Nix's two-point conversion was the result of an academic wager he made with head coach Brian Kelly, who credited the conversion to offensive coordinator Chuck Martin and his new responsibilities as play-caller heading into the 2013 season.

"He surprised me, and so I paid up," Kelly said of Nix. "I said, 'What do you want?' I figured he would want something. He came up: 'I want to score a touchdown in the spring game.' As you know, we had a hard time scoring touchdowns in the spring game and I didn't think that was going to come to reality."

So Nix went up to quarterback Malik Zaire with 14:05 left in the contest, ordering the early-enrollee to get him to the promised land. Six plays and four minutes, 55 seconds later, C.J. Prosise was in the end zone with a 35-yard touchdown reception, allowing the blue-jerseyed Nix to step into the huddle with his white-jerseyed teammates. It set off a minor social media celebration of a FAT GUY TOUCHDOWN. (Or, in this case, a FAT GUY CONVERSION.)

Is this something Temple needs to scheme against come the teams' Aug. 31 opener?

"That's what all teams need to be scared of. Everybody needs to be scared of Irish Chocolate," Nix said.

"Everyone," he continued, staring at the reporter who had inquired, "including you."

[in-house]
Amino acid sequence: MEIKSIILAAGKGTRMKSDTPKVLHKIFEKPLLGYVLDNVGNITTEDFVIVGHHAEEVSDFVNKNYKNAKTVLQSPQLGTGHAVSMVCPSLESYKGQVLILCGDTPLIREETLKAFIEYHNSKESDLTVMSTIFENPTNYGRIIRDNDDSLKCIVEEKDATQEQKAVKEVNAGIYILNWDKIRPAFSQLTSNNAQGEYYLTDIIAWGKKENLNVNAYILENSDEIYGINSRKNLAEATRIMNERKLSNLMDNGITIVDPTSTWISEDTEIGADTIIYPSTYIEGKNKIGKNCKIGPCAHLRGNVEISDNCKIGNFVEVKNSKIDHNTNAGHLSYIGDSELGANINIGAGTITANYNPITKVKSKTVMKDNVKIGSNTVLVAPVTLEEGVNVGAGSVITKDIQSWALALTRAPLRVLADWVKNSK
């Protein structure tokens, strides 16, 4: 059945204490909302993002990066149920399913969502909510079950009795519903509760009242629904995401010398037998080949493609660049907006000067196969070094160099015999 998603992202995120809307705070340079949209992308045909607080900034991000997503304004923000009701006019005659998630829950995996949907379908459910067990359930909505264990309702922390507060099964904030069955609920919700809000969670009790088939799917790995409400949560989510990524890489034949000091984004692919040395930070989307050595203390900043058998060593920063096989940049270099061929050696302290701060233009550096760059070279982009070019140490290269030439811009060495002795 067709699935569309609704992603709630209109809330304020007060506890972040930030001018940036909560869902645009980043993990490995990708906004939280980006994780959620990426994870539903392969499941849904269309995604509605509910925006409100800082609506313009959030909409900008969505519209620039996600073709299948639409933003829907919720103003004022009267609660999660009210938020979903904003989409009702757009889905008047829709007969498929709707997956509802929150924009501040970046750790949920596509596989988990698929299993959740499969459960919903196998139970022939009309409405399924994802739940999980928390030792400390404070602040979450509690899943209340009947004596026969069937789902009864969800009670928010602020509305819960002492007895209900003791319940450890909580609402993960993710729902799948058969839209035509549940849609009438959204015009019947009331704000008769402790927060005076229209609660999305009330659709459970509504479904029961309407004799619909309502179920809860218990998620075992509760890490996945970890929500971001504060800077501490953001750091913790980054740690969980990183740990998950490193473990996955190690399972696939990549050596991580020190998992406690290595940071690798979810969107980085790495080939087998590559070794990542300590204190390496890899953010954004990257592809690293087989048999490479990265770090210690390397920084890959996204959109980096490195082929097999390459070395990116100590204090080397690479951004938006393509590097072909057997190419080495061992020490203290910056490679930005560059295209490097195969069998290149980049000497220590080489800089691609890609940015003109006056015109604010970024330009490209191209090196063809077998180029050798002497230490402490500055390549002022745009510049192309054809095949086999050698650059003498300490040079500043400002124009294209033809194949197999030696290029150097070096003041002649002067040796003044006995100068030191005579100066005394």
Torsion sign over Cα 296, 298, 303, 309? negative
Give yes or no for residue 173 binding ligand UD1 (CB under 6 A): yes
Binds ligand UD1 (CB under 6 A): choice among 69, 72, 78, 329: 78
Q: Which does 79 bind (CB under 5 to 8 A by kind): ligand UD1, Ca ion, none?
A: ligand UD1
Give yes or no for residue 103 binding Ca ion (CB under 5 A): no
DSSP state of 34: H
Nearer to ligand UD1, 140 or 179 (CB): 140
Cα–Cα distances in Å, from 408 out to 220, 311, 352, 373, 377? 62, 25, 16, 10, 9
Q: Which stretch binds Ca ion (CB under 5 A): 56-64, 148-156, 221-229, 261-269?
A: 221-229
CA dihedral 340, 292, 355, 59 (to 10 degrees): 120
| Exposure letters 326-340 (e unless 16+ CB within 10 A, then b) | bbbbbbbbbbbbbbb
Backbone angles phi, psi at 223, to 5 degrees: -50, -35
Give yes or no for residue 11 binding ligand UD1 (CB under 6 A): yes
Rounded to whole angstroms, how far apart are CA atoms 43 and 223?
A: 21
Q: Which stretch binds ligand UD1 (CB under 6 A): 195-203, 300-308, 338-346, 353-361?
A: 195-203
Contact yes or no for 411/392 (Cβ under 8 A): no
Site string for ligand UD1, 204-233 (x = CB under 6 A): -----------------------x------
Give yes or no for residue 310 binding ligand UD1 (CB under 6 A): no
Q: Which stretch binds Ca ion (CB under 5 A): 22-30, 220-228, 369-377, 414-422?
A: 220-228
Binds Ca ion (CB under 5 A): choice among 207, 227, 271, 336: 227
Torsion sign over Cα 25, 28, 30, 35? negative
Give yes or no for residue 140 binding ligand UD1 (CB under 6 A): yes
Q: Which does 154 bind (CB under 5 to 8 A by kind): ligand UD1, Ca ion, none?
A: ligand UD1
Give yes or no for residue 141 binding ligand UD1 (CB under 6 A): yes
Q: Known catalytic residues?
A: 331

The defense charged with stopping the play certainly seemed scared, though it adjusted enough to keep the new quarterback from beating them with his arm.

"I just made a few checks or whatever. You couldn't hear them. They were silent checks," Nix said. "I just told them where to line up, give me a nice pass-block. My O-line did a great job, that's why I was successful."

Or simply because he looked up, stared at nothing but daylight and entered a state of shock, with linebacker Kendall Moore getting the heck out of the way once Nix committed to running straight ahead.

"I saw fear in his eyes," Nix said of Moore.

George Atkinson III said afterward that Everett Golson should worry about losing his job. Fellow defenders expressed relief that they will never have to face Nix again.

But that might not be the case, not if Nix continues to ride this surge.

"It's a dream of mine to happen [in a game], hopefully it does -- hopefully Coach thinks I can handle the ball," he said.

"I'm 305 right now," the listed 347-pounder deadpanned. "If I gain a few pounds, maybe he'll just hand me the ball off."

Louis Nix back to old self after flu bout

November, 9, 2012
SOUTH BEND, Ind. -- The reporter had a rather delicate way of asking how Notre Dame's medical staff accommodates 6-foot-3, 326-pound students.

Not that Louis Nix minds.

"The bed was a decent size, but i didn't complain," the nose guard laughed. "I don't mind it."

Yes, Nix is laughing and joking and having fun. This is a good thing for the Irish, because he wasn't such happy company to be around a week ago.